**Happy Feeding Tube Awareness Week! This is the first new post, keep your eyes open this week for more posts including but not limited to : Tips for Tubies, a project update, New tubies: Products to start with and where to get them, more on my personal experiences, and a special video! It’s also a great week to buy a painting or send a donation to Newbie Tubie Care Packages, so click here if you’re interested in more information on that :)**

Next month, in March of 2k18, I will celebrate both my 22nd birthday and my 3 year tube-iversary. In March of 2015 I was in school at UVA where I celebrated my 19th birthday on March 8th and then was admitted to the hospital the next week with a blood infection from my central line, which was keeping me nourished and hydrated at the time. On March 24th I was again admitted to the hospital for surgery to place my first long term feeding tube, a GJ tube that went through my stomach and into my intestine where I get my feeds.

 

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Our first admission– Dec. 2013, I was 17 and a senior in high school
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My admission in Dec 2014– first year at UVA but about to get a picc line!

 

Although I’ve had gastroparesis since high school, I never could have imagined that my case would become so severe, leaving me with a feeding tube(s) that could be part of my life indefinitely, taking me out of school, and changing the way I was able to plan for the future. When I first got my tube, my doctors hoped it would only be for a few months or maybe a year if I was really struggling, but we had no idea that my “flare” was about to become my new normal. Instead of having a few months of worsened symptoms like I had in the past, I waited a year… and then another year… and now another year with no relief.

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March 2015; I did a trial feed with an NJ tube and then scheduled surgery!

 

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That’s my GJ tube in the fall of 2017, before surgery!

After I finished my first year of college my health was at an all time low and I wasn’t able to go back to school in the fall. My tubes did help my nutrition, but I never tolerated them well enough to get in as much feed as the doctors wanted me to, never enough to gain a lot of weight back. It’s been three years on medical leave now; my classmates, my friends, will graduate in the spring and I won’t have had another day to be there with them.

My parents and I worked so hard to find answers, anything that would bring even partial relief; our original goal was that I could go back to school, but after a year and a half of incredibly severe symptoms and the addition of 3-4 new diagnoses, our goals became things like, “getting Rachel out of the house more… helping get her able to volunteer or babysit sometimes,” and at my worst times, it’s just “getting Rachel more energy and less pain/nausea so she can get out of bed…” From the Fall of 2015 through Summer of 2016, I saw at least three different specialists who are top in the nation on my conditions. Sadly, there are only a few medications that are used for gastroparesis, most of them not even FDA approved, and they can have nasty side effects.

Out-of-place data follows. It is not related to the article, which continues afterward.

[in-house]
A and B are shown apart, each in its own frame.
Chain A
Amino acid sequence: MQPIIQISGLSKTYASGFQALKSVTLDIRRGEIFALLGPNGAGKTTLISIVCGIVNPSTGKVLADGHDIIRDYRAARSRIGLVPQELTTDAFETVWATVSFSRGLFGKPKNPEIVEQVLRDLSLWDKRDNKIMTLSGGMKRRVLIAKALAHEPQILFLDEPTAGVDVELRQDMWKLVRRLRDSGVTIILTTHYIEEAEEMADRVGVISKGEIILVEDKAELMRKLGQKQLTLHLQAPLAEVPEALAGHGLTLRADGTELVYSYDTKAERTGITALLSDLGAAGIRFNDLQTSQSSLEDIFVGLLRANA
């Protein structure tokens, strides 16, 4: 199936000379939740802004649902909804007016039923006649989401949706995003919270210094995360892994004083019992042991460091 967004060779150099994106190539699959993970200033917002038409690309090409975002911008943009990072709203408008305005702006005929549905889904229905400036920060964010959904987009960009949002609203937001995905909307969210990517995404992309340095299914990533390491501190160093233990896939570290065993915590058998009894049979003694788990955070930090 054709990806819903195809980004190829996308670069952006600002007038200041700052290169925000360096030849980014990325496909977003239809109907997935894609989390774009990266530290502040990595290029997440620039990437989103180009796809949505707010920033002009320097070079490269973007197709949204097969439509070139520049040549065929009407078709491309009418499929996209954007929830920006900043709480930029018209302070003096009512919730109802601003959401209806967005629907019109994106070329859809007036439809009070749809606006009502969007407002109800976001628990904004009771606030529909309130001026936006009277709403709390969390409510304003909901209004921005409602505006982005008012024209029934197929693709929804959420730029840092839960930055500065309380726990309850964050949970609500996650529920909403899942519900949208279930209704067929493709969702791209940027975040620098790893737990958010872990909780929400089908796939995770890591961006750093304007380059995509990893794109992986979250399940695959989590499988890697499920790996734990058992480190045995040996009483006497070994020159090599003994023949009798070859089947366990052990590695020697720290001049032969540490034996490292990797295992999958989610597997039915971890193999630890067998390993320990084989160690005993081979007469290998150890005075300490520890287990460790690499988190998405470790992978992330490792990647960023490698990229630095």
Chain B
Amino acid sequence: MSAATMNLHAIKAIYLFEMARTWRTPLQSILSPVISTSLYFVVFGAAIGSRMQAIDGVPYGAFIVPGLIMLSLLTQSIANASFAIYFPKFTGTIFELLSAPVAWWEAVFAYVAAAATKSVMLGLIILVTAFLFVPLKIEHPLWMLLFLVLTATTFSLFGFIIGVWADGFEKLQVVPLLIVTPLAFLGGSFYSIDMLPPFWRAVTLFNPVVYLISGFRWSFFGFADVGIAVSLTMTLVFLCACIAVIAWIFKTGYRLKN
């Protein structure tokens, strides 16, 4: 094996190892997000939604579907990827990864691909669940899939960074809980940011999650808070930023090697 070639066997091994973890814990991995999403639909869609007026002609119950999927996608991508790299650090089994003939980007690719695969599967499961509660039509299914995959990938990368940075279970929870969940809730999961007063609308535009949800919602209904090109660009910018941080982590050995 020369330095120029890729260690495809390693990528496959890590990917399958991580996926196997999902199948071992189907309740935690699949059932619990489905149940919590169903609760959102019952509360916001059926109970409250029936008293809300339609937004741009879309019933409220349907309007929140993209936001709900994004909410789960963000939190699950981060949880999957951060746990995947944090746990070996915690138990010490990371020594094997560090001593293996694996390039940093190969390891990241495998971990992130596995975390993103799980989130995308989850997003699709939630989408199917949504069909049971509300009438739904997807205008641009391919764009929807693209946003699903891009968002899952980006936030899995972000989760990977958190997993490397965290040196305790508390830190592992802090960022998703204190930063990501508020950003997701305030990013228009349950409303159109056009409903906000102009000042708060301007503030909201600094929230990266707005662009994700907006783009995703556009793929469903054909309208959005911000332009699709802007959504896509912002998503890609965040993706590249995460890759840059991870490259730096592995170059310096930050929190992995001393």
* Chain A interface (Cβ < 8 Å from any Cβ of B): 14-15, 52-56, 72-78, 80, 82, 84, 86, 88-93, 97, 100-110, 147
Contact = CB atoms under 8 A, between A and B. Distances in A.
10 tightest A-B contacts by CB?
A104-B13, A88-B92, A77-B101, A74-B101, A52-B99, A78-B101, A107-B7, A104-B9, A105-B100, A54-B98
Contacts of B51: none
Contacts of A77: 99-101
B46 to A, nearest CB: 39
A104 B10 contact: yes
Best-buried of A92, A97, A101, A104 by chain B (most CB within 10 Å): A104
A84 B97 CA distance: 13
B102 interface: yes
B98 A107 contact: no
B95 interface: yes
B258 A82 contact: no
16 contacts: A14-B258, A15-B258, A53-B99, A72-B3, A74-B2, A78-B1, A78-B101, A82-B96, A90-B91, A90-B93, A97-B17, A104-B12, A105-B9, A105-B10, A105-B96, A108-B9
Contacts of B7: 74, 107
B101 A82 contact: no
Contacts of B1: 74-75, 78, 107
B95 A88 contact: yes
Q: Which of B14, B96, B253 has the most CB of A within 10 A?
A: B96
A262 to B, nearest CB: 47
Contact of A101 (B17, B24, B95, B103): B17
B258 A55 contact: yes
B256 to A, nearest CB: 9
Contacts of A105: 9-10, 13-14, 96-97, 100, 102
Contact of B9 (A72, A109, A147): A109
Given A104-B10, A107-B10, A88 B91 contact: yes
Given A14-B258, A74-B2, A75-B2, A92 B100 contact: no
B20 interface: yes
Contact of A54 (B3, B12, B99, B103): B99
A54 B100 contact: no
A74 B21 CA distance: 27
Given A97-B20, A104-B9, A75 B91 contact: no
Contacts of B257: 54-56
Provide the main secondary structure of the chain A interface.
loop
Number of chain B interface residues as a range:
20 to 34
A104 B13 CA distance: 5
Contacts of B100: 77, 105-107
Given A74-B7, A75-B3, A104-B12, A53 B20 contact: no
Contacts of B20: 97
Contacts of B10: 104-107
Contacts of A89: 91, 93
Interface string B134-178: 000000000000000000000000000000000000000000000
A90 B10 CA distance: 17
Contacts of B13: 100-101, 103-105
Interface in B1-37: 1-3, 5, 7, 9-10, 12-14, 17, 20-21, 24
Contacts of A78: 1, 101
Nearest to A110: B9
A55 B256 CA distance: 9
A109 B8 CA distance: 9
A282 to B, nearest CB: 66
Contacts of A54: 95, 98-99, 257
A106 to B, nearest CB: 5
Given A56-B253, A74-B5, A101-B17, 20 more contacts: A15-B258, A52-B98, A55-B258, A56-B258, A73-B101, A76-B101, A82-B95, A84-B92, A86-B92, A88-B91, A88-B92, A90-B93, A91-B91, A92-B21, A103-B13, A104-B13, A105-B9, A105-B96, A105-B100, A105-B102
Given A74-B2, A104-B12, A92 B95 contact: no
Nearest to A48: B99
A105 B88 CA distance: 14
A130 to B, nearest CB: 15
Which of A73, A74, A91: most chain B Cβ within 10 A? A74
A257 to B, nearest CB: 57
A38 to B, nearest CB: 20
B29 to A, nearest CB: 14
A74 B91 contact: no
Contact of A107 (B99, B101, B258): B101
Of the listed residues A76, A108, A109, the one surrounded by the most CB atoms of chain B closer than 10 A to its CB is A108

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4 hour cardiology/EDS appointments are always an adventure 🙂
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Family road trip to Cleveland! They try to make these trips somewhat enjoyable.

My last (and current) motility specialist is at the Cleveland Clinic and is considered to be one of the top specialists in the world on gastroparesis and dysmotility conditions. He did extensive testing to find a root cause of my GP and to try to find a treatment option, but what we found out is that my gastroparesis had gotten so bad that the numbers were matched with only one other girl’s testing as the second worst cases in CC records. I actually met the other girl online and have been able to talk to her and compare notes and, sadly, she’s still struggling in huge ways—she could use your thoughts/prayers.

Because my dysmotility (lack of motion, “motility”) has moved into my intestines and almost stopped my colon’s motion (colonic inertia), my options are very limited. I had one viable treatment option that we were told was a long shot at working, but it’s my best/only shot. We have been working for over a year now to get IVIG (IV immunoglobulin therapy) approved, it has been a long and tedious attempt that has involved 3 doctors and multiple infusion centers, lots of disappointment, and plenty of reality checks. There isn’t a great chance of it working, but it’s essentially my last major treatment option, so it’s what we have to keep fighting for.